gymn Digest                 Fri, 16 Dec 94       Volume 3 : Issue  48

Today's Topics:
 Cheap skills and why front fulls suck (was Re: Brought to you by USA
                      Cheers for the USA Women .
                    Confused in Arizona  (2 msgs)
                          Dortmund report 1
                       GER Women's Team Champs.
                            Grips (3 msgs)
                      gymnastics on tv (2 msgs)
                             In the News
                      Men's Gymnastics (3 msgs)
                Sov Sport Dortmund report (1) (2 msgs)
                        Sveta Ivanova Todorova
                    Text notation system for gymn
                              USA crowds
              which proposal are the U. Pres. voting on?

This is a digest of the mailing list. 


Date: Fri, 09 Dec 1994 15:09:59 -0700 (MST)
From: ***
Subject: Cheap skills and why front fulls suck (was Re: Brought to you by USA

> Good front tumbling is hard to master. I like to see the variety in tumbling
> passes now that front tumbling is more encouraged by the code.
> Leesa

Good back tumbling is hard to master too.  Variety is good, but at the
expense of what?  Raising the value of often unseen skills to the same
value as the more difficult, common skills results in athletes opting for
the easier skills and killing the purpose of a code that was supposed to
accurately seperate gymnasts based on difficulty.
      What is more difficult: a double layout (E-move) or a Rudi
(E-Move)?  I'll challenge anyone who says a Rudi.  Or even that they're
equal.  From how many gymnasts do we see Rudis from whom we'd never in a
million years see a double layout?  A lot.  Why do a double layout when
you can throw a Rudi?  Why do the ever rare E move of a double twisting
double back?  Just throw a Rudi for the same bonus-everyone else does. 
      Why even throw a full-in (that's a double backwards somersault
with a full twist on the first somersault folks) when you can do a front
full?  They're both equal according to the judges' tablets (but not in
their minds and unless you're wearing a US or Romanian leo your score
reflects it because most aren't dumb but that's another point altogether.)
      Obviously, front tumbling is hard.  (How many of us can do a front
full?)  But for some gymnasts, front tumbling is easier.  A double front
is hella hard.  How many of those do we see?  (Hardly any-they're *very*
rare).  That's variety right there if someone attempts one.  But they can
do a Rudi and get the same credit do why do one? 
      My point being:

- a Rudi is not a true E-move if you look at the scale of difficulty and
the value of the moves from A to E.

- a front full is not a true D move and not equal to a full-in (that's a
double backwards somersault with a full twist on the first somersault
folks) which is rated the same

- if you want to encourage variety, then do it.  Currently, there is no
bonus given for originality and/or virtuosity.  Upgrading low-rated
(comparitively) skills has only cloned women's floor exercise into one big
ball of mush like Spaghettios.  Most gymnasts are so eager to get their
bonus to be competitive and start from a 10.00 SV that they just toss in
the moves all over the place and by the time the morning session is over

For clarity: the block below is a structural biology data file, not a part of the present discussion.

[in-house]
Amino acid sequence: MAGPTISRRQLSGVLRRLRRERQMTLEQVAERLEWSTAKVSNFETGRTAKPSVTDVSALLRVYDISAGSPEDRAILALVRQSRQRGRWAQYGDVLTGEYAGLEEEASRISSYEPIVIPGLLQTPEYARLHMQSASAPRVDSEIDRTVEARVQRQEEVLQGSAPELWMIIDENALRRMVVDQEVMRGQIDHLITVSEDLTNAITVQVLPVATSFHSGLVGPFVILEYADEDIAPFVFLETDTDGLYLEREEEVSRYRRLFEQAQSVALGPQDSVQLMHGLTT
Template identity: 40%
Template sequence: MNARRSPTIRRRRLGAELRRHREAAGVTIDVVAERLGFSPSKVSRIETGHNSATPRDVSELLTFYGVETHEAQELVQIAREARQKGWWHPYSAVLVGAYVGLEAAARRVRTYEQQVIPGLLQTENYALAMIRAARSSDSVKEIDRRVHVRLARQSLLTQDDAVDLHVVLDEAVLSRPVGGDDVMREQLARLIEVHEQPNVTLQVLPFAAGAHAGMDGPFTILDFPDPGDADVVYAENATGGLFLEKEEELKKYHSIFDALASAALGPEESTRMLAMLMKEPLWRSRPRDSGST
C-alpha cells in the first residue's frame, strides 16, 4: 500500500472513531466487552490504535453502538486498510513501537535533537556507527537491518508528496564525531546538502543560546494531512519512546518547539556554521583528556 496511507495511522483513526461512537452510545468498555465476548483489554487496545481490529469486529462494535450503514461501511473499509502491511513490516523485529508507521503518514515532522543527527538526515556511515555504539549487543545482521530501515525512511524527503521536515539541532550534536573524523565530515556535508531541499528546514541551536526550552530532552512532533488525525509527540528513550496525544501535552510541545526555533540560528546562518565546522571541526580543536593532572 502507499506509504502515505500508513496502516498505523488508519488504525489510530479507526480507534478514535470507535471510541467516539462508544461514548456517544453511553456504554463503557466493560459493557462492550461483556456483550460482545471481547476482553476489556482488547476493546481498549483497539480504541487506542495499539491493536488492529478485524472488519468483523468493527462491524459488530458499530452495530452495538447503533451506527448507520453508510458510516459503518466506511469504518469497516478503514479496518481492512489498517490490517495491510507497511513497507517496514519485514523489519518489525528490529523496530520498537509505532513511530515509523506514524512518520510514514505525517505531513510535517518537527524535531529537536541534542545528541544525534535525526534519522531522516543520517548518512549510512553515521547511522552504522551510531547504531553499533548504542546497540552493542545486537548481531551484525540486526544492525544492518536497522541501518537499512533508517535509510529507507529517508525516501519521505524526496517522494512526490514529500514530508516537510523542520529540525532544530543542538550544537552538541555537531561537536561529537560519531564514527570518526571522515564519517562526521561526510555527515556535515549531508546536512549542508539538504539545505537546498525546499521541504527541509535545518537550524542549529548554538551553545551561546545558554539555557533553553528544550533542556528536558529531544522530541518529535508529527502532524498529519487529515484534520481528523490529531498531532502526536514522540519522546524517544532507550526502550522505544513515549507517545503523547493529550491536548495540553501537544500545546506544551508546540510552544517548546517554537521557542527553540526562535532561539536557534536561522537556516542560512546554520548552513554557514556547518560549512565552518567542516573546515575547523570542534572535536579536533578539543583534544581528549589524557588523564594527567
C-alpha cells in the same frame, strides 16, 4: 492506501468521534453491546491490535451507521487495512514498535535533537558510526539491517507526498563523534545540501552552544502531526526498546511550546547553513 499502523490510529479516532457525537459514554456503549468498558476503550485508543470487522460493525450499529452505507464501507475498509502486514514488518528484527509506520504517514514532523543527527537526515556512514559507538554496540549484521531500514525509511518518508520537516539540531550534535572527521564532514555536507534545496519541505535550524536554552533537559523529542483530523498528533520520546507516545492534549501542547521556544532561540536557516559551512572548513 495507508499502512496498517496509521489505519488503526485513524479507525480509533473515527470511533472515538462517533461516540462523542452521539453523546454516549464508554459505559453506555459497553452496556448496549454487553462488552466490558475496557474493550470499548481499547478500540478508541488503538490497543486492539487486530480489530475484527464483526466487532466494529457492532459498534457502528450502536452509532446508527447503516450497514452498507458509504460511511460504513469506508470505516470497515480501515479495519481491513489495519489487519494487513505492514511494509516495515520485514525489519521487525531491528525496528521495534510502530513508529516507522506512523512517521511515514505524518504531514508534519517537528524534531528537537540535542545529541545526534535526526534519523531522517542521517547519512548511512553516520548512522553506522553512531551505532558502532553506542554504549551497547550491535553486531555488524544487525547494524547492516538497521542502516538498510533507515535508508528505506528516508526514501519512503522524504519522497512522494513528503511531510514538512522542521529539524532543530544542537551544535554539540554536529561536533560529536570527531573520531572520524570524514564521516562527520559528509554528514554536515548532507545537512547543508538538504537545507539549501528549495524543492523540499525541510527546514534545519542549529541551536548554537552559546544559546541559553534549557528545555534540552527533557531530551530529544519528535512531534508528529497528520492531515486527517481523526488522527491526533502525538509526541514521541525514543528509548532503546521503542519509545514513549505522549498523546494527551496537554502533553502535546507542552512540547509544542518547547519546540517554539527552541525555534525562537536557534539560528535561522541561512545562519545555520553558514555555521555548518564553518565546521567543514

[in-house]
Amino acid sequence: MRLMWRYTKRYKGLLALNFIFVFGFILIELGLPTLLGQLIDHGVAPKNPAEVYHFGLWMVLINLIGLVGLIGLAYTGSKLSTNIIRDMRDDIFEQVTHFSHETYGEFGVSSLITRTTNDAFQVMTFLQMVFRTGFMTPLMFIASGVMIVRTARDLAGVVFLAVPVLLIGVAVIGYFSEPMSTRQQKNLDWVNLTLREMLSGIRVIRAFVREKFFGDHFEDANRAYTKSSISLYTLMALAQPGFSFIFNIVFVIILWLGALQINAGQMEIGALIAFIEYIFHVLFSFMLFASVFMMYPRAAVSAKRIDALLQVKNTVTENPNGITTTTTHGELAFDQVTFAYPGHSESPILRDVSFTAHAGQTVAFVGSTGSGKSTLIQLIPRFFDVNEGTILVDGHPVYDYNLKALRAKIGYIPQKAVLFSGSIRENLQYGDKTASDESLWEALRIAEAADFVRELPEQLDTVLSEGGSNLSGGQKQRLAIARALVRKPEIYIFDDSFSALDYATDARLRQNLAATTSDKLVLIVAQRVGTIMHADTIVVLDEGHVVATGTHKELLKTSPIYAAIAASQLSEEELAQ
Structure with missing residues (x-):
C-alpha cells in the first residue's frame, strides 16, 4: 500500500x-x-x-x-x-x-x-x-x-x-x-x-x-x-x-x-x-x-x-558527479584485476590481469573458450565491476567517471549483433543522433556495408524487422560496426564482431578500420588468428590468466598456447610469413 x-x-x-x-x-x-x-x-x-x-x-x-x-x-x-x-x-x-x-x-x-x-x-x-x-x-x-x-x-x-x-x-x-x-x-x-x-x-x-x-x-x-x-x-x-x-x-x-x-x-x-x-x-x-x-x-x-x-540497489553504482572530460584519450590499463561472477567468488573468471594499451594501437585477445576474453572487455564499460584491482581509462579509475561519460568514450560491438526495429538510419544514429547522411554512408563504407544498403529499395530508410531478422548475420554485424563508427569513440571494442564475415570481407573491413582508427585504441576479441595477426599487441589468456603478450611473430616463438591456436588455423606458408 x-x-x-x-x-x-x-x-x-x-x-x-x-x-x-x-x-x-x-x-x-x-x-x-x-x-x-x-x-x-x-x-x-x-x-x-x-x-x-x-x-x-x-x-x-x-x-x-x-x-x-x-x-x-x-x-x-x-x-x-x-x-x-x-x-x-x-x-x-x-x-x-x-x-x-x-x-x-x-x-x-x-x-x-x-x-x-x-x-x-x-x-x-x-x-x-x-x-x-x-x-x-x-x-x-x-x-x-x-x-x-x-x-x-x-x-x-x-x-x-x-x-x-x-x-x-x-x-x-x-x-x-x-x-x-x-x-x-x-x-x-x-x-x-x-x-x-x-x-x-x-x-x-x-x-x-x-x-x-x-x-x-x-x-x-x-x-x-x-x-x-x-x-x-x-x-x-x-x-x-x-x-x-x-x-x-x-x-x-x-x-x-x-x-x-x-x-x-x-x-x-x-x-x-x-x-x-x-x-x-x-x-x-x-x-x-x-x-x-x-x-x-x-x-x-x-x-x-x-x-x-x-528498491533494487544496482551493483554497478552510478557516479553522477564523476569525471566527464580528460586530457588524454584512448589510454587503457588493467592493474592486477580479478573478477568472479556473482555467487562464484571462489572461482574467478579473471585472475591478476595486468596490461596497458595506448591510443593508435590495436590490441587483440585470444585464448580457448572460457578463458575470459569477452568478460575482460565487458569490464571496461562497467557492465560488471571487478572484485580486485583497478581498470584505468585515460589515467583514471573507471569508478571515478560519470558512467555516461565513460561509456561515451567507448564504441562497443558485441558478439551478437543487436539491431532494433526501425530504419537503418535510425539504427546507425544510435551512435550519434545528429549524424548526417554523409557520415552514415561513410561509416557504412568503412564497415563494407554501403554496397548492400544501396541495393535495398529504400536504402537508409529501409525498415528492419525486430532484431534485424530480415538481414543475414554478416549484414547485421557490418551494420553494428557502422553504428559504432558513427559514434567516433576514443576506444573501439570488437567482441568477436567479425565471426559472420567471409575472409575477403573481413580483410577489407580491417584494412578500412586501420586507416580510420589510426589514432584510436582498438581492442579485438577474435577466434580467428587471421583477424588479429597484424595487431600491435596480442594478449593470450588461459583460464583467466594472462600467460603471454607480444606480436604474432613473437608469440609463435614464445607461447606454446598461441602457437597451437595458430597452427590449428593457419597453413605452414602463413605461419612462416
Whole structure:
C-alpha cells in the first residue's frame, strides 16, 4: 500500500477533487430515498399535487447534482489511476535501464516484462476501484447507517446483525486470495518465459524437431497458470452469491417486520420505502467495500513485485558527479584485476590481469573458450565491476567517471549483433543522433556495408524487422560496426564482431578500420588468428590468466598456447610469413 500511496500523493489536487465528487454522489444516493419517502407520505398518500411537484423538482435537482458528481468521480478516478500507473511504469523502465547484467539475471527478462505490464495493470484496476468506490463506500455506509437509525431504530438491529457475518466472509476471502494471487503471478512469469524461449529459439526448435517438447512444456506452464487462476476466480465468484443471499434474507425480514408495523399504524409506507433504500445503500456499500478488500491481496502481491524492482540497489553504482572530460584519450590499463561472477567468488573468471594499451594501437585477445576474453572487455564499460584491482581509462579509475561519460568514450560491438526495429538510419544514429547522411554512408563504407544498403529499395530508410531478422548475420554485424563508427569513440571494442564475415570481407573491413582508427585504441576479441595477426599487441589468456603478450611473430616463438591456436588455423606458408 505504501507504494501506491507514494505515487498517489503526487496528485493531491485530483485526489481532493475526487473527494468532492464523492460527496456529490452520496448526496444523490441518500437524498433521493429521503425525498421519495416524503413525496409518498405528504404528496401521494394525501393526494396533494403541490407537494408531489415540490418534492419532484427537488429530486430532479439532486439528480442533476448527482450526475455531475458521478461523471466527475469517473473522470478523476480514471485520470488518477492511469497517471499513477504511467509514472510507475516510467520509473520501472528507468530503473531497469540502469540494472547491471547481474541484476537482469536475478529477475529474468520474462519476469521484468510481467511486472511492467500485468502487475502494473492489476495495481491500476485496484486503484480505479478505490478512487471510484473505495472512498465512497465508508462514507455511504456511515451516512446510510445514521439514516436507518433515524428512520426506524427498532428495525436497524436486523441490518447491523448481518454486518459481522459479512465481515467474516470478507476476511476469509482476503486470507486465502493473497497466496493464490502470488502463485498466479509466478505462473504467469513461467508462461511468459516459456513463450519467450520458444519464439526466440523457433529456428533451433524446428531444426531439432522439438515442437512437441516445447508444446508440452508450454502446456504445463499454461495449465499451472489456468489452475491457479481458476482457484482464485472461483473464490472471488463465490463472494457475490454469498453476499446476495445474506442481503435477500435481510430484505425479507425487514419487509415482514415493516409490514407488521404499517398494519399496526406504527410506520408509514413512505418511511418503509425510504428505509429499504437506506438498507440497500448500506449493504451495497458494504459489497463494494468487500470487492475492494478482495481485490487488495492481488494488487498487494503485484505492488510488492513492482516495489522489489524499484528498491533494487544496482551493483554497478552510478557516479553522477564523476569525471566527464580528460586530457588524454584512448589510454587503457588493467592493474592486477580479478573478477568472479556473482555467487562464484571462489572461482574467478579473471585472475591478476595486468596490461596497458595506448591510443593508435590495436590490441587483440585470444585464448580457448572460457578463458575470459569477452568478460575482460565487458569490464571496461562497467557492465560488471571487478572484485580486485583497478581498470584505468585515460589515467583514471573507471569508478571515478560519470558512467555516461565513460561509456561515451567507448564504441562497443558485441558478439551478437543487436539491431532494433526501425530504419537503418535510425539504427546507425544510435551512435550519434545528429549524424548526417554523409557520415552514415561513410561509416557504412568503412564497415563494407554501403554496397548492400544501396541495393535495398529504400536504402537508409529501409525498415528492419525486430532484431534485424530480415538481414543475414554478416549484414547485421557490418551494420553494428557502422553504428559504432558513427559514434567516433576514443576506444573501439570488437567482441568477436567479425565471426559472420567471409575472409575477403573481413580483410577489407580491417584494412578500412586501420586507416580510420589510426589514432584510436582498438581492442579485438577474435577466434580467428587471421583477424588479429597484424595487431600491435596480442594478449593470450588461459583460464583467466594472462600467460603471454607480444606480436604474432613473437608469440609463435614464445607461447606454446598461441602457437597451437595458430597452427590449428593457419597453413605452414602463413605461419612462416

you've seen 361 Rudis and about 6,209 front fulls and 230,890 Popas and
the highlight of your day so far was the Nacho bar. 

It's very depressing.


Date: Sun,  4 Dec 94 01:20:00 UTC
From: ***
Subject: Cheers for the USA Women .

 >when people discredit something that you received, you can't help but get
 >hurt by it (i.e. Zmeskal in 91 worlds.  She really didn't deserve the AA
 >title but, did the Soviet coaches need to say that in front of her face?
As someone who was there, I was disgusted by the reception most of the
foreign gymnasts received.  The audience went absolutely crazy any time a US
gymnast appeared, while giving only polite applause to other gymnasts.  I
won't repeat what was said to me when I cheered for the Soviets.  As for the
Soviet coaches saying that Zmeskal didn't deserve the title, why should they
not be allowed to speak their minds?  Could it be that they were disgusted
by the competition, too?
I should point out that not all US audiences are like those at Indy.  At the
'93 University Games, the spectators cheered for *all* the gymnasts, not
only the American ones.


Date: Sun, 11 Dec 1994 16:59:04 -0700 (MST)
From: ***
Subject: Confused in Arizona

> |
> | To Those Who Hold The Future Of Men's Gymnastics:

      I don't understand how the future of the sport of men's
gymnastics will be in jeopardy if it is cut by the NCAA. 


Confused in Arizona (and really mad that Fox Channel 15 refuses to play the
49er game because of copyright regulations and is instead playing a b&w
movie about slot machines).


Date: Mon, 12 Dec 1994 22:10:54 -0700 (MST)
From: ***
Subject: Confused in Arizona

| > |
| > | To Those Who Hold The Future Of Men's Gymnastics:

Amanda asked:
|     I don't understand how the future of the sport of men's
| gymnastics will be in jeopardy if it is cut by the NCAA. 

College gymnastics is the very backbone of American men's gymnastics
as it now stands.  It would be a HUGE setback for the men's program to
lose the support of the NCAA.

If the NCAA drops men's gymnastics, the opportunities available to a
male gymnast will drop DRASTICALLY, which will of course lead to fewer
gymnasts and less competitiveness.  College Athletic Directors who
have men's gymnastics teams in their programs support those teams
*because* the NCAA sponsors men's gymnastics, and therefore the teams
can raise the AD's totals for Academic All-Americans, All-Americans,
NCAA titles and so forth.  This is important for the AD to keep
his/her job.  Hopefully, the AD also supports the team for the
student-athlete and for amateur athletics, etc.  However, if the NCAA
cuts men's gymnastics, then the AD will need to use the
money/scholarships in his/her department that goes towards men's
gymnastics and instead put it towards other NCAA sponsored sports.
Therefore, if the NCAA drops it's sponsorship of a Championships for
men's gymnastics, you will almost immediately be able to count on one